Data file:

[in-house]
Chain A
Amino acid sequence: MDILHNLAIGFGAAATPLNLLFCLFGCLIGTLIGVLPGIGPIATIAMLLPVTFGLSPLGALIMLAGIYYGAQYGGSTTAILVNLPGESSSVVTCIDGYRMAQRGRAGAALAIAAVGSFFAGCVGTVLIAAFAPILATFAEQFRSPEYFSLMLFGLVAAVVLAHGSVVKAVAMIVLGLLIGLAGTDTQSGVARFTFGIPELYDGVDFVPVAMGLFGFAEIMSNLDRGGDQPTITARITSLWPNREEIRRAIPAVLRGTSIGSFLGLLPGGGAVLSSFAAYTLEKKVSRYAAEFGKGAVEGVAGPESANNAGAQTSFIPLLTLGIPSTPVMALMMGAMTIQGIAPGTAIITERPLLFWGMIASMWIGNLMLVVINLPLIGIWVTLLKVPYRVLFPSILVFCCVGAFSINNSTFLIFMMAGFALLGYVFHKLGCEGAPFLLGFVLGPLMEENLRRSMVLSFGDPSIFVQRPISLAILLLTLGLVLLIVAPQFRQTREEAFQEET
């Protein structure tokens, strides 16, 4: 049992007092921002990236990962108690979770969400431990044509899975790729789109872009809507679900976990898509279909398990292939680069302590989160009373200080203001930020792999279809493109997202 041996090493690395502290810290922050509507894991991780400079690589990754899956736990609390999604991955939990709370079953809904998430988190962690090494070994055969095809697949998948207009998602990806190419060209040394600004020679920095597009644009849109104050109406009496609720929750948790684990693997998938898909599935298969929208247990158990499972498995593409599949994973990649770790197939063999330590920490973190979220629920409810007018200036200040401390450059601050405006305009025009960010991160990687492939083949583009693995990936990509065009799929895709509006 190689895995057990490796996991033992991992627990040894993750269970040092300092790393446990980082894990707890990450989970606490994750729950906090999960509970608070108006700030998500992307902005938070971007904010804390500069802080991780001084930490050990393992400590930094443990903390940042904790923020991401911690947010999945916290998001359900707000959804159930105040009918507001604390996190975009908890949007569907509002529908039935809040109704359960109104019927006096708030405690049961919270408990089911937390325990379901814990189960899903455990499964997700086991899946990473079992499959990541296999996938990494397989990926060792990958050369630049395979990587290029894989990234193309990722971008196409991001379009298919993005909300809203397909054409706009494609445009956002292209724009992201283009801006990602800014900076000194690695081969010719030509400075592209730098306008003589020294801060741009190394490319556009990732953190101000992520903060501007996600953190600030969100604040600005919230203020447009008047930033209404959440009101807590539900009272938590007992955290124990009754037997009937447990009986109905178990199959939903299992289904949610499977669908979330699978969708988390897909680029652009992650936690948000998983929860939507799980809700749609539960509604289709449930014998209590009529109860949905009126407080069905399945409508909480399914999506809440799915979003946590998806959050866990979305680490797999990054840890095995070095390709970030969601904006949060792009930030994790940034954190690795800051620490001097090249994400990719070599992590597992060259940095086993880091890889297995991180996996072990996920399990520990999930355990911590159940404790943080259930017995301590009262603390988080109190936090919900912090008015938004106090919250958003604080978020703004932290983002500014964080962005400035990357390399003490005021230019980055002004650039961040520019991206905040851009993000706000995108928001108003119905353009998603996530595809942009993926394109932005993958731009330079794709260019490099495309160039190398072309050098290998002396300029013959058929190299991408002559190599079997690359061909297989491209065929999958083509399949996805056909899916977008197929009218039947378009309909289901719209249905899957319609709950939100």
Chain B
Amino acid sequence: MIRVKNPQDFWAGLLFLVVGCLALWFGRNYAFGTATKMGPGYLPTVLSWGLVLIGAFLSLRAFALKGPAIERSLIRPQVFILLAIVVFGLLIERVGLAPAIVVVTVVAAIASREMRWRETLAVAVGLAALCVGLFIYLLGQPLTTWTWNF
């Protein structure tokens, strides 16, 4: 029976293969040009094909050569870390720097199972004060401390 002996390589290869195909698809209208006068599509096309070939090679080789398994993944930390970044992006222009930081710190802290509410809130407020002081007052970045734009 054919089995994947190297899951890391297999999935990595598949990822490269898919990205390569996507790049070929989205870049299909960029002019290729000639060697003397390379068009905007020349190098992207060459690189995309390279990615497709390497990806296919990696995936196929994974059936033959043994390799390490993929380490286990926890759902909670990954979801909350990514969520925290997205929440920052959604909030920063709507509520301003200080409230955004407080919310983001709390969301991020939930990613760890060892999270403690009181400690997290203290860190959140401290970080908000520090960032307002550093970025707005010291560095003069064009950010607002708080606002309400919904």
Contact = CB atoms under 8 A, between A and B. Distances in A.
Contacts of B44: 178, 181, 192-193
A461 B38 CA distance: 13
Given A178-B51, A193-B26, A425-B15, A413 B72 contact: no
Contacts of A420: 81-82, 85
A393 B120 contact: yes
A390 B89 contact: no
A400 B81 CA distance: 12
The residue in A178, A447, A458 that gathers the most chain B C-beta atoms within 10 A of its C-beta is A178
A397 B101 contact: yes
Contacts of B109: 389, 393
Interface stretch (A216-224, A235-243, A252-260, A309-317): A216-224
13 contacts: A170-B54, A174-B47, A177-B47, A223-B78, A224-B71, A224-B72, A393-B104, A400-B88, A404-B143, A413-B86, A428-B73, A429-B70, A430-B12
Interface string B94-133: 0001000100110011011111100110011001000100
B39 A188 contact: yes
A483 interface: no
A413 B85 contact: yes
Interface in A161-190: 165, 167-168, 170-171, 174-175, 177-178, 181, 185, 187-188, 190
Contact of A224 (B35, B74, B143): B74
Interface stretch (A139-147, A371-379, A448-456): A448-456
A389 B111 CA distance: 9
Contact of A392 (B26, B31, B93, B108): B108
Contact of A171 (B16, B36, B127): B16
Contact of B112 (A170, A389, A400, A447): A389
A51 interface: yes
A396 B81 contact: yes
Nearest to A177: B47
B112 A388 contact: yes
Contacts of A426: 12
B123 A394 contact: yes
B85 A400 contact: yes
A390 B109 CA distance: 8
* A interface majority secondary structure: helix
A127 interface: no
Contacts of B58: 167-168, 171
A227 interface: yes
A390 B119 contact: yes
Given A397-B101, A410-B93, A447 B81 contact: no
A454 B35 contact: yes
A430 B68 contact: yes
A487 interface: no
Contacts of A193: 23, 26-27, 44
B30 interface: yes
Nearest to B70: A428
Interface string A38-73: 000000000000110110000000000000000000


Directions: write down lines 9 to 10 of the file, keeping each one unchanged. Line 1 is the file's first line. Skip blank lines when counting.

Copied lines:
Contacts of B44: 178, 181, 192-193
A461 B38 CA distance: 13